‘MERRILY’ REVISITED AT THE WALLIS
REVIEW: MERRILY WE ROLL ALONG
BY RYAN M. LUÉVANO
The show everyone’s talking about right now is Stephen Sondheim and George Furth’s 1981 Broadway flop Merrily We Roll Along. Within weeks of this production opening at the Wallis Annenberg Center for the Performing Arts, the documentary Best Worst Thing That Ever Could Have Happened by original cast member Lonny Prince was released in movies theatres across the country. The lauded documentary sheds light into what this show’s opening and swift closing meant to everyone involved. Now actor, turned director, with a Tony nomination, Michael Arden mounts a production of Merrily at the Wallis, brings new life into this almost forgotten gem of a musical.
So why did the musical only last on Broadway for 52 previews and 16 performances? The accepted explanation here is twofold: first, producers believed that the musical’s method of storytelling by reverse chronology (starting at the end and going forward from that point) confused audiences; and second, the casting of twenty-year-olds (kids) to play adults was not believable to audiences. And there you have it, with these two elements; audiences were known to leave before the show was over generating bad word-of-mouth and even worse press. Fast-forward thirty-five years later to Arden’s production at the Wallis, we ask the question: “Does Merrily work now?” The answer is yes.
Not only has Arden addressed the issues that originally crippled the musical, but because audiences have changed so much, the idea of telling a story in reverse is no longer difficult to follow. The actors in this production are appropriate to the age of the characters and, with Dane Laffery’s elegant period costumes; we follow them clearly in an epoch from 1973 to 1959. The set design, also by Laffery, first appears cluttered with its nine vanity mirrors that are scattered throughout the stage with clothing racks alongside. However, when it is all cleared away at the end of the show we realize the symbolism of all the clutter and the mirrors—the “Our Time” finale becomes uplifting in every sense of the word.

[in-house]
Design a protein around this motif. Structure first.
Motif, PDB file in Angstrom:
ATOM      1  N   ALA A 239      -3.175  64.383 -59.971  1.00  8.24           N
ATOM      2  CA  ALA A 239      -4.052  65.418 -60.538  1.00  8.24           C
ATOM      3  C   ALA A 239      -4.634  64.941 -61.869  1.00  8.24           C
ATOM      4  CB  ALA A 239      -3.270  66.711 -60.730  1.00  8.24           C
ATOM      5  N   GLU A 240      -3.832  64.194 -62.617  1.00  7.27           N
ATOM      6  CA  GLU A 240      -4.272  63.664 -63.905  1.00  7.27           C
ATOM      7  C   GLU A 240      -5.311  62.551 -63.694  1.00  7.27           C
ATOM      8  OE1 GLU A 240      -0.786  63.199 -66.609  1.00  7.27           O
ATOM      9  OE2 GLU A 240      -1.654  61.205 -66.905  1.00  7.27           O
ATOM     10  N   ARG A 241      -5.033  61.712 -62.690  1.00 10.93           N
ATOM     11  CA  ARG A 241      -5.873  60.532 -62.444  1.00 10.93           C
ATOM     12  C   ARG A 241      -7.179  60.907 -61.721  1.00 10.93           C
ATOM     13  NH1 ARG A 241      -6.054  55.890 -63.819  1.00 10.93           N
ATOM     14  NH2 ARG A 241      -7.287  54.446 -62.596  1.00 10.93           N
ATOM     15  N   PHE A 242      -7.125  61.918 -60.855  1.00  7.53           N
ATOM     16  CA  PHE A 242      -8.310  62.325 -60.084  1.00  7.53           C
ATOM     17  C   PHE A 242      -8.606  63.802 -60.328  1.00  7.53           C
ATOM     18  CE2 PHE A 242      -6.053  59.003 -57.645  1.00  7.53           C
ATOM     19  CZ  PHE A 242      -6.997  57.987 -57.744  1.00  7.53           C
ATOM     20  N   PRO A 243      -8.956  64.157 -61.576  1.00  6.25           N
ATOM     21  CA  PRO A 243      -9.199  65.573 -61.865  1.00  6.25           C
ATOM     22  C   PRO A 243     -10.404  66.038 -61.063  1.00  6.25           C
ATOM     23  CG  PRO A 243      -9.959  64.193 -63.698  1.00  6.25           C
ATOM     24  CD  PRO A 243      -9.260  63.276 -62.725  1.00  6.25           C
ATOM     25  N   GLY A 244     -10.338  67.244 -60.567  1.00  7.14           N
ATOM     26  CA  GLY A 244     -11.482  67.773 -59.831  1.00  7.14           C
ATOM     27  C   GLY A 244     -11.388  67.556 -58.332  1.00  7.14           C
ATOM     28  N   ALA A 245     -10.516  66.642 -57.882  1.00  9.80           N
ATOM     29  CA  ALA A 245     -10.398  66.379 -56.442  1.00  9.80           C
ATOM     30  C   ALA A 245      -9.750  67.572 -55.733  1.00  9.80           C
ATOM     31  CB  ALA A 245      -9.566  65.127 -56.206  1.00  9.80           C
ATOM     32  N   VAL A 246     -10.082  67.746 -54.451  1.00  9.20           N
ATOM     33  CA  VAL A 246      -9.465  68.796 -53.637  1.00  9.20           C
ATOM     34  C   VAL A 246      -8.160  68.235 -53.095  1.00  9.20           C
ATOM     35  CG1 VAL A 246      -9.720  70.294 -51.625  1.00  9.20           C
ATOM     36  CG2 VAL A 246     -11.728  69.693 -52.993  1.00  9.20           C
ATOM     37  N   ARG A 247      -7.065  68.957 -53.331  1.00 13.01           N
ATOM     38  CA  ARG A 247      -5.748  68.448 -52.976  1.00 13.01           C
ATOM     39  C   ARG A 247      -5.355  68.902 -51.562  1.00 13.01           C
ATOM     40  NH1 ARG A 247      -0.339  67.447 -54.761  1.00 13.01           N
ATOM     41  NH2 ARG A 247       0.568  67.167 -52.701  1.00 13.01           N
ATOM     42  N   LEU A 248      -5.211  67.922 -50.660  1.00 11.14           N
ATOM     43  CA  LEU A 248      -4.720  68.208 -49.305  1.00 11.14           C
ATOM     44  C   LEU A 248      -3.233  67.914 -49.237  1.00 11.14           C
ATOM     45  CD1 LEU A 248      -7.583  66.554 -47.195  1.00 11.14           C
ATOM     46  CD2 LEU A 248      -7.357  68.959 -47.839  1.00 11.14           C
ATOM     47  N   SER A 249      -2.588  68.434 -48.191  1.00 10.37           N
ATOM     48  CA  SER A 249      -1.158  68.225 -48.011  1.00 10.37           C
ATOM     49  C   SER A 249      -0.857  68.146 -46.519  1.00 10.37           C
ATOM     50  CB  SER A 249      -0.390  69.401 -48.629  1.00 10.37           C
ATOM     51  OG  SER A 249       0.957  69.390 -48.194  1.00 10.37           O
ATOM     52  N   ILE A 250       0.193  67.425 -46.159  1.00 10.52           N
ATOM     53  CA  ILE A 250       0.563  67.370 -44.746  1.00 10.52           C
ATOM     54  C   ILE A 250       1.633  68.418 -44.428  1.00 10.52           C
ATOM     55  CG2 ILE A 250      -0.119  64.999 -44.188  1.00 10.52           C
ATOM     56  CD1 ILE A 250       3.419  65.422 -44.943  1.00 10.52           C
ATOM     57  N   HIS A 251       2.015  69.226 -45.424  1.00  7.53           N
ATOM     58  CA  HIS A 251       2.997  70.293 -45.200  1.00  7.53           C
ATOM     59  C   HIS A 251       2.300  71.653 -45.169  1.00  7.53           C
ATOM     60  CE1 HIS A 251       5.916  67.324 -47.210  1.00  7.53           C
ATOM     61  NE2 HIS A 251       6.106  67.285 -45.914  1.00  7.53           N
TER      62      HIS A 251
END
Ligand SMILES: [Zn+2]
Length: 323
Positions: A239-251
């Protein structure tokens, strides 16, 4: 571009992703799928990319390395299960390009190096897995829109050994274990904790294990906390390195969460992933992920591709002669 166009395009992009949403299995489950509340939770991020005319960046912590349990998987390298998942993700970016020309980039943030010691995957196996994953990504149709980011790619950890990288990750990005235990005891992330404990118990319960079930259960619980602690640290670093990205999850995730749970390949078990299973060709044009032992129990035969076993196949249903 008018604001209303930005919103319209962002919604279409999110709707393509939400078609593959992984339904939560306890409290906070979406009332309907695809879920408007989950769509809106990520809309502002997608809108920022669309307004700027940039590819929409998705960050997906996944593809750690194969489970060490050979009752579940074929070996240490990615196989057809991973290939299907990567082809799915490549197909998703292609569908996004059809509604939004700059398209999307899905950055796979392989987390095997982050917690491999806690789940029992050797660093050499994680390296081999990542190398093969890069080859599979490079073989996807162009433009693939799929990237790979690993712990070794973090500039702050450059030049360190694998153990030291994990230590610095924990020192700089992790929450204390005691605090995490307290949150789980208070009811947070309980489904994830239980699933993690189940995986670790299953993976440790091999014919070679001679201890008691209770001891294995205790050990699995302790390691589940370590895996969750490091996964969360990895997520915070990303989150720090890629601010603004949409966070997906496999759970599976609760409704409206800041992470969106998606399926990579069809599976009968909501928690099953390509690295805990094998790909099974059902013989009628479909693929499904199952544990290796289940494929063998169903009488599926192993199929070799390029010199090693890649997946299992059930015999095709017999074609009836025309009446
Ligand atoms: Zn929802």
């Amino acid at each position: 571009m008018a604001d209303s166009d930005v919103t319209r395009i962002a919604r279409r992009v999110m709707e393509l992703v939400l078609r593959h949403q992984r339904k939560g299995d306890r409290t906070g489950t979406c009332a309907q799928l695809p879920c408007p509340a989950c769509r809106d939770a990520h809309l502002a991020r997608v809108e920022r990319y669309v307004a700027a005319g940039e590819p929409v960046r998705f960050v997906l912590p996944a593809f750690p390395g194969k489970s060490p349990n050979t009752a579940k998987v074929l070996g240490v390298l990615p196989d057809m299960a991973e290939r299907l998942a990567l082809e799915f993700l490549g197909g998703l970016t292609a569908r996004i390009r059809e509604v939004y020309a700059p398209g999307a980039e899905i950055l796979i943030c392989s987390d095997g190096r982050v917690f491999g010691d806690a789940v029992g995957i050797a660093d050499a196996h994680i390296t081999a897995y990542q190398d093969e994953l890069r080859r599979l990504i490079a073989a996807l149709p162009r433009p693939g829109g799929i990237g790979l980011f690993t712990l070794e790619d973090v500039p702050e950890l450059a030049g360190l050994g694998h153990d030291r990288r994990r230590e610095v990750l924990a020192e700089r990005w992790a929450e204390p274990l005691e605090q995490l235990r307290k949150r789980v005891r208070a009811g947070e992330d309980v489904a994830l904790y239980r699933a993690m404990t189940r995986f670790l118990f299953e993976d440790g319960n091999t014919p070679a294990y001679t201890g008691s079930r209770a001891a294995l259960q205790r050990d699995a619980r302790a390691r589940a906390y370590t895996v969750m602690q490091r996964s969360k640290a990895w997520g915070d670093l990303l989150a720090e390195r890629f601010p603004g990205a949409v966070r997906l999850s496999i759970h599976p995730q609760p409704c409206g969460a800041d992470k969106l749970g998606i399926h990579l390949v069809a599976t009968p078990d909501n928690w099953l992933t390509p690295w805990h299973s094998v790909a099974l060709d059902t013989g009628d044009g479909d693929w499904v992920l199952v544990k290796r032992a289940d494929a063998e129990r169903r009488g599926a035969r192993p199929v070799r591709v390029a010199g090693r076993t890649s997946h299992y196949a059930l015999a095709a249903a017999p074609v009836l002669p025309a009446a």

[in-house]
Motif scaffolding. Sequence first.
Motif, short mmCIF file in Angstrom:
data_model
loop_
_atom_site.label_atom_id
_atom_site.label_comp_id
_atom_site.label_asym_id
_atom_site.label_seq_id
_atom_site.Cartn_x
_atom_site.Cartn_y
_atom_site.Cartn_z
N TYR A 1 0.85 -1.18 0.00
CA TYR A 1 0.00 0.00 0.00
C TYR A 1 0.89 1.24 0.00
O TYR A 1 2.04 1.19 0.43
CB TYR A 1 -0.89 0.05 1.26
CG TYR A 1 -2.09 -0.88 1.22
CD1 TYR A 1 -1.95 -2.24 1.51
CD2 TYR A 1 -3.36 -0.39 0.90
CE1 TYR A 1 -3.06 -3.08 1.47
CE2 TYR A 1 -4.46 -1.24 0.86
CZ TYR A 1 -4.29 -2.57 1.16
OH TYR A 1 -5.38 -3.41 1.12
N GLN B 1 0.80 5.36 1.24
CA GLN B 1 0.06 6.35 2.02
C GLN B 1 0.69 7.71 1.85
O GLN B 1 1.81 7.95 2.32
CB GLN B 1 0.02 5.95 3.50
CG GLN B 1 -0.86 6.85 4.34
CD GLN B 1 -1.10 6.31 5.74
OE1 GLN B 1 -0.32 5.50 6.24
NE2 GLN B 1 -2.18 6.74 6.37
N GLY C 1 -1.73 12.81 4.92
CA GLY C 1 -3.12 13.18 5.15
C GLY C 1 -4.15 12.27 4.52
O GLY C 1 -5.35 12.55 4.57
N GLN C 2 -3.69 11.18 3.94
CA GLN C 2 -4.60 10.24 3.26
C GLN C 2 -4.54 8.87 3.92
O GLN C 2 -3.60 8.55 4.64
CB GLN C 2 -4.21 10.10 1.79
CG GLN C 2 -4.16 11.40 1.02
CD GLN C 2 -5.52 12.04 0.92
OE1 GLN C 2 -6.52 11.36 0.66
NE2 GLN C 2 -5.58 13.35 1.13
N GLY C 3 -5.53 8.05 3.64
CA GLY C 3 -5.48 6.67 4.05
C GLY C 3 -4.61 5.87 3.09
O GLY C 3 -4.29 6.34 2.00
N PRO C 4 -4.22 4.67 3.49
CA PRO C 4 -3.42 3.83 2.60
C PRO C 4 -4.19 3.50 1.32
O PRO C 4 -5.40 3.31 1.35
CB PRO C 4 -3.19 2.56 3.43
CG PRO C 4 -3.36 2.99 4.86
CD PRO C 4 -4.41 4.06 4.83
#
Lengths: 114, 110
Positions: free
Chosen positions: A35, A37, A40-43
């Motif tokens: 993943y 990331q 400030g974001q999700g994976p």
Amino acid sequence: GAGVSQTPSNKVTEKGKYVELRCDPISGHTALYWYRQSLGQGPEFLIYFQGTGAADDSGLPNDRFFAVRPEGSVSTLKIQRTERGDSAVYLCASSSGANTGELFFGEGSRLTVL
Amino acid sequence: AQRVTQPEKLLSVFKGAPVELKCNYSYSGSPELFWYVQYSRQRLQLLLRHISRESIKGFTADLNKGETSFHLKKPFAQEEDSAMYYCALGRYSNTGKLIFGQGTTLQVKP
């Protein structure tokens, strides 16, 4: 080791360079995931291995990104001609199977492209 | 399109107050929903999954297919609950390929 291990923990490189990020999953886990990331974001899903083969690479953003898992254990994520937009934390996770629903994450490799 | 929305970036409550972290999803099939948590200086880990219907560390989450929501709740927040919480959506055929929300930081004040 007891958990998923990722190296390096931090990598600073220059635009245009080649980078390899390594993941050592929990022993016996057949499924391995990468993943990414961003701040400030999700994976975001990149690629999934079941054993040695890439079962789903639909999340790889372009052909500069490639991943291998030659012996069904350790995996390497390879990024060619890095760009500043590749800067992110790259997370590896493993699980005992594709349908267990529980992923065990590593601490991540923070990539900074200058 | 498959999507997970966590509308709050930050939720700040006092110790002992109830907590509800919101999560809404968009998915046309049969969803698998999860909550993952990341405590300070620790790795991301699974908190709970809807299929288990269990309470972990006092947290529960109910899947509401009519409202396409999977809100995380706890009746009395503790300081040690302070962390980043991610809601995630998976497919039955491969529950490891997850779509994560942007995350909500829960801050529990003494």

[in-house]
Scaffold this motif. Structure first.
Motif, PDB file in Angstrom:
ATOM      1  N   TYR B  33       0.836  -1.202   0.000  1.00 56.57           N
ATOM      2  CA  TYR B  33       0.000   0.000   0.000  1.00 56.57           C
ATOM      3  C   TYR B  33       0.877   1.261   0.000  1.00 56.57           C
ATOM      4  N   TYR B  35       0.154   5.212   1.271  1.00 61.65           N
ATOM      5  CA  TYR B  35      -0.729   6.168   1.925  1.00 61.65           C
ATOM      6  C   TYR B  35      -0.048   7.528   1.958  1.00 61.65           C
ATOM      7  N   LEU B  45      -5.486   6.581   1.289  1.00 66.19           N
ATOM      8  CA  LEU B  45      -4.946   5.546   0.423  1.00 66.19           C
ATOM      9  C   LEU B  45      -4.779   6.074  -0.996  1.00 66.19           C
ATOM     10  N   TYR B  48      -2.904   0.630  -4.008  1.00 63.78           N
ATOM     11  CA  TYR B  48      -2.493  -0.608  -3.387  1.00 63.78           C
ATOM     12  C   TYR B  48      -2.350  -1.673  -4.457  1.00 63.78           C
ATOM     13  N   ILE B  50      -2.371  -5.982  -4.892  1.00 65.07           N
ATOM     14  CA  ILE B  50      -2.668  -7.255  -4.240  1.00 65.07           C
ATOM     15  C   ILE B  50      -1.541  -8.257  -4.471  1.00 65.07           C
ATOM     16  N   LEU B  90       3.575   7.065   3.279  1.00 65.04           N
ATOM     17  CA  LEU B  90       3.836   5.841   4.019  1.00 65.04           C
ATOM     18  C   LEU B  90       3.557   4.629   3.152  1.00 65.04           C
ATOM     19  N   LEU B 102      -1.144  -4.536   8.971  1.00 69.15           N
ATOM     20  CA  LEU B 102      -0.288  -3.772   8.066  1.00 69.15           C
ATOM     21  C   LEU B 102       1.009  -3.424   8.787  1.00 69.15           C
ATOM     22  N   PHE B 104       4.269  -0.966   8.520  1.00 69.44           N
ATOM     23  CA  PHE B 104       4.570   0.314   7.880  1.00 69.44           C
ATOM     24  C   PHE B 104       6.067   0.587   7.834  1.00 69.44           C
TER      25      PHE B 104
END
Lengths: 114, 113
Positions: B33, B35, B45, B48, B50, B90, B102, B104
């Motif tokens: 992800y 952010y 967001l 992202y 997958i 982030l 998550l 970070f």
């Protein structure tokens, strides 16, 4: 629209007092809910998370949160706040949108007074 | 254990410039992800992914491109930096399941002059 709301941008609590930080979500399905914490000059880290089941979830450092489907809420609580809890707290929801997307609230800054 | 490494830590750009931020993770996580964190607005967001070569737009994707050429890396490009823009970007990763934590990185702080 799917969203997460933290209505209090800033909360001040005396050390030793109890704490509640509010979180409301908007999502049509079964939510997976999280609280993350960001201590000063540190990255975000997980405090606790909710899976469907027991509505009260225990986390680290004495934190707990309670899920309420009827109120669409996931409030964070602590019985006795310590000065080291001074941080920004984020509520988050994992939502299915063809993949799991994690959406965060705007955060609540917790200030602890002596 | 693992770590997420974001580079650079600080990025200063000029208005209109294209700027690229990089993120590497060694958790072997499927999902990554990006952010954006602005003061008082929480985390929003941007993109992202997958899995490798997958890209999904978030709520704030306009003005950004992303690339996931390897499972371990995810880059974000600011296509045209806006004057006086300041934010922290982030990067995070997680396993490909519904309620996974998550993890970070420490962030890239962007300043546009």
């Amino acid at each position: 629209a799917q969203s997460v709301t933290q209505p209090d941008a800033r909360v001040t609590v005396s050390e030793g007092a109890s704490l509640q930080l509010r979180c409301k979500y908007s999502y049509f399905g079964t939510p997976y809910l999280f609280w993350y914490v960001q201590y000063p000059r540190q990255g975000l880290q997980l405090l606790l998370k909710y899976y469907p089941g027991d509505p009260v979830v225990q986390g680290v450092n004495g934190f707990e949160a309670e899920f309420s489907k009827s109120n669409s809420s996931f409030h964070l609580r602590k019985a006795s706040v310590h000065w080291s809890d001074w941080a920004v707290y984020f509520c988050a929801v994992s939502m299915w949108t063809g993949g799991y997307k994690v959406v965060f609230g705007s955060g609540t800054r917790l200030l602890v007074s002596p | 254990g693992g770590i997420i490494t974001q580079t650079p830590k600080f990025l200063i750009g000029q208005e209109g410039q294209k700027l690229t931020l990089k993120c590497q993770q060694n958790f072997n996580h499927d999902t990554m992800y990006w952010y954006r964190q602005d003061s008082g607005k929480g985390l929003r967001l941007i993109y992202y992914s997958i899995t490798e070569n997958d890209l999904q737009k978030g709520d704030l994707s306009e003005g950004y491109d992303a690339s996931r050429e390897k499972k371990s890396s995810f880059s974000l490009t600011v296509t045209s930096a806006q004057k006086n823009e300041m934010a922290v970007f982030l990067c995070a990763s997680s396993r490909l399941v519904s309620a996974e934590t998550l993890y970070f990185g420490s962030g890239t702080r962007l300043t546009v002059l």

Arden also incorporates a shadow dance ensemble cast that represents younger versions of the three primary characters Frank, Charley and Mary. Throughout the musical the three younger actors serves as axillary characters (assistants, waiters, reporters etc.) for the main characters, then in certain songs they become a dance ensemble. And it all comes together in the finale when these three ensemble characters replace the main characters. Audiences are able to witness a full transformation from the bitter end to the where it all began, when optimism and friendship ruled supreme. The choreography by Eamon Foley embodies the spirit of youth with its simple, effervescent steps and energy.
The show begins for me with Wayne Brady’s (Charley) rendition of “Franklin Shepard, Inc.”. Here, his sense of comic timing and mastery of Sondheim’s wordy songs are clearly evident— he nailed it—entertaining as hell! Brady shows audiences that he can do it all: he’s a powerful Charley, vocals are dramatic and engaging, “Good Thing Going” is warm and heartwarming, even the second time. Aaron Lazar as Franklin is real and compelling. He takes us through every step of his story and we too feel a sense of loss as we see what he gives up to reach his success. Donna Vivino (Mary) completes the trio with her no holds barred approach to this character—strong vocals that follow through with her character. Saycon Sengbloh (Gussie) is a force to be reckoned with in the best manner possible—a robust performance that matches her voice—she gets her moment to shine in the “Act Two Opening” and she glistens.
WHAT ABOUT THE MUSIC DIRECTOR?
Music director and pianist Adam Wachter expertly prepared this cast in singing this challenging show. Wacher has taken singers who’ve never performed in a Sondheim show and brought them to greatness on stage—marvelous vocals through and though. Conductor Matt Gould effectively leads the show’s music yet gives the impression that he’s more comfortable conducting the singers than an orchestra— here stiff beating leads to a rigid ensemble sound and balance. What’s more, in this Merrily, we get no overture—perhaps a director’s choice, but still yearned for.
If you’re curious about Merrily We Roll Along, or just want to know what it’s all about, this production at the Wallis Annenberg Center for the Preforming Arts is a must see— rich and exciting. Director Michael Arden digs deep to draw out the musical’s themes of ever-lasting friendship and the message that “growing never stops.”
Wallis Annenberg Center for the Performing Arts Bram Goldsmith Theater
9390 N. Santa Monica Blvd, Beverly Hills, CA, 90210
November 23 – December 18, 2016
Performance Schedule: Tues – Fri at 8pm; Sat 2pm & 8pm; Sun 2pm & 7pm
Online – TheWallis.org
By Phone – 310.746.4000